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    How To Catch Eastern Rock Lobster In Sydney

    June 16, 2021 3 min read

    How To Catch Eastern Rock Lobster In Sydney

    In this new blog of the AdrenoSydney Spearfishing series, we're going to take a look at the Eastern Rock Lobster. They are one of the tastiest critters in the ocean and can be found right here in Sydney.

    Where to find lobsters?

    Generally, crays can be found in really shallow water. Don't be afraid to check ankle-deep water. Ideally, you want to go on a high tide with a low swell, so you can get right up in those shallows and not get tossed around in the wash. These spots are naturally protected by rough weather, so going when it's calm is going to help.

    However, this doesn't mean you won't find lobsters in deeper water. You can still find them up to 10 meters. Any rocky areas with kanji or kelp is a really good place to start.

    What equipment do you need in catching lobsters?

    Fishing Gloves

    For the equipment, you need to have a good pair of gloves. The crays themselves are really spiky. They also have nasty spines on their tail that they can smash your hand against their body with. In addition to that, sea urchins, barnacles and the caves are just full of nasty stuff that can wound you. 


    A goodwetsuitis highly recommended to stop you from getting cut on the reef, especially when you're hunting in that shallow water and you get tumbled around. Try to get one with a hood, because eventually, you are going to bump your head and you'll be very thankful to have that layer of neoprene between your scalp and the cave.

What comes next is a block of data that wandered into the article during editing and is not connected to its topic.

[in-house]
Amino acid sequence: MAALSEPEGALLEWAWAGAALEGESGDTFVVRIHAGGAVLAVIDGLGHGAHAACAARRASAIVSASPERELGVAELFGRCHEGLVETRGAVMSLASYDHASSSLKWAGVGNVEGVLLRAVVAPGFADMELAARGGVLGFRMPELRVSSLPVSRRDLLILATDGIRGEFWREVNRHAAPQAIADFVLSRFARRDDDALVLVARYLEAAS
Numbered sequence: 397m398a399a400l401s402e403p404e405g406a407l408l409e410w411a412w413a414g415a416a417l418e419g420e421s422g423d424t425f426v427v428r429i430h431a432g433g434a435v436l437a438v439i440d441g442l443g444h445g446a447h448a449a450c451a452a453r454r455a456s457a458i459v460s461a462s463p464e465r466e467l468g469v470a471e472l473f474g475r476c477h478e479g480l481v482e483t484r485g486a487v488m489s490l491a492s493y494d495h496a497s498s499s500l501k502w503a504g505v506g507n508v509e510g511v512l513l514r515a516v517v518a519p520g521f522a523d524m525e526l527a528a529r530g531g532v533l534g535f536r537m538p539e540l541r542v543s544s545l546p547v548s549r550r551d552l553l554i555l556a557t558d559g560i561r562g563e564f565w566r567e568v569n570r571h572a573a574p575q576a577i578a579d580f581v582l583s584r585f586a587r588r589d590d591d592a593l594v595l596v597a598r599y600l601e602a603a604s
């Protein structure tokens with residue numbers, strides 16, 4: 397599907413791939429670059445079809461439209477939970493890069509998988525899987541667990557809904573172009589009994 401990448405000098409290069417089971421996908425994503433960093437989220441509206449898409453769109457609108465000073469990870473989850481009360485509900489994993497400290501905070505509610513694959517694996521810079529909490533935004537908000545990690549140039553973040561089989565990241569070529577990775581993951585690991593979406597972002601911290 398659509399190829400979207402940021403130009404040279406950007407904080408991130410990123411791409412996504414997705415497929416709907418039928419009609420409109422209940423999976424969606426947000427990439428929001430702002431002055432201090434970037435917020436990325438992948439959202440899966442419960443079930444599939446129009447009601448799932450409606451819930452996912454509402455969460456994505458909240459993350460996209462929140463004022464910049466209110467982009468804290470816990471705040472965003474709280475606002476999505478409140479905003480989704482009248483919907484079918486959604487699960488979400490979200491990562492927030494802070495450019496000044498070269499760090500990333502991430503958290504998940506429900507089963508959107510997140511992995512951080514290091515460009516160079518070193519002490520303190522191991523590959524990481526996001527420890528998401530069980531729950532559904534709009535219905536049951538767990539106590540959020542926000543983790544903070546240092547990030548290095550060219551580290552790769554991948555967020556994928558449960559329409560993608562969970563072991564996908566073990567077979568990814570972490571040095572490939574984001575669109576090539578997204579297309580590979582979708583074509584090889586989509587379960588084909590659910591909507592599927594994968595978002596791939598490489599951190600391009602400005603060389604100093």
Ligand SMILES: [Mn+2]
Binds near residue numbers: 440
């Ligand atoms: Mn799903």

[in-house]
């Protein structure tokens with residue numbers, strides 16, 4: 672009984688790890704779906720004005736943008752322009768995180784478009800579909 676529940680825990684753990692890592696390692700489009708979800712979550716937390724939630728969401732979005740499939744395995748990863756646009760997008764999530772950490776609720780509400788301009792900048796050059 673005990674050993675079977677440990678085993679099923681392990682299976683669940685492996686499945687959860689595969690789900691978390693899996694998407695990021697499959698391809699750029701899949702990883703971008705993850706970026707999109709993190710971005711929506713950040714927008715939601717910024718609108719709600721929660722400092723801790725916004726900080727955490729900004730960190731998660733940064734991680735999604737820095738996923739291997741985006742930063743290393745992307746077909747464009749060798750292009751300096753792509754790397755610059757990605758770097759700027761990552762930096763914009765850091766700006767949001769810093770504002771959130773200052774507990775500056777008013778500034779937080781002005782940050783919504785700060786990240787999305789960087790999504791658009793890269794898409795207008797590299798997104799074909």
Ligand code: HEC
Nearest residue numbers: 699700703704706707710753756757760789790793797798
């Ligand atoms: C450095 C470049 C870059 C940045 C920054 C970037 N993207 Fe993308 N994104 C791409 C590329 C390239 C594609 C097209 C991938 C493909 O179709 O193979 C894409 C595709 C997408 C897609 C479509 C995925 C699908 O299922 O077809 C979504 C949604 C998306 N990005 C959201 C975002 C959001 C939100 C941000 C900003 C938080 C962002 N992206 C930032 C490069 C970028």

Crays are found in the winter months, so unless you have a really good spot or serious layer of blubber, you're going to need a wetsuit to keep you warm during your dive.

    Dive Torch

    A good dive torch, whilst not 100% necessary, will greatly increase your chances of finding cray hidden at the back of a dark cave. Just be aware that it is illegal to spearfish with a torch inNew South Wales, so either leave the gun at home or if you're in a boat, swap it out when you look for crays.

    Cray Bag

    Another handy item is a cray bag. Whilst you can just use your standard mesh keeper net, you also can't go past the waist-mounted mesh bag. This gives you the use of both of your hands making it easy to put crays in. You can also store a spare torch or even a cray measure in there.

    Cray Measuring Tool

    It's also really important to carry a current New South Wales cray measuring tool. You can find these in most tackle shops, but just check the regulations in your local areas as the size limit does change from time to time.

    Remember Their Location

    It's really important to try and remember where you find your crays because you'll often find they'll go back to that same hole time and time again. Once you know your spots pretty well, you might want to try night diving. It'll give you the opportunity to see the ocean in a whole new light. You'll often find crays out of their holes rather than hiding during the day.

    Night diving is going to come with its own set of risks. You want to know the area really well and have a backup entry and exit point that you can see clearly in the dark. It’s recommended to go with a dive buddy and a spare torch so you won't go astray.

    Practice Teamwork

    Like all spearfishing, teamwork is greatly going to increase your chances and safety. Work together to cover as much ground as possible. Once you find a few crays, call your mate over for backup. It's always good to spot your mate just in case they get stuck when pulling a cray out of a hole. It's also really handy to have an extra set of eyes in case the cray bolts out the back.

    Crays will generally not swim far and they'll hide in the nearest cave or kelp. Some caves will have a back exit. It's always handy to have one diver waiting at it whilst the other spooks it from the other side. Just be aware, there is also amaximum size to protect the breeders.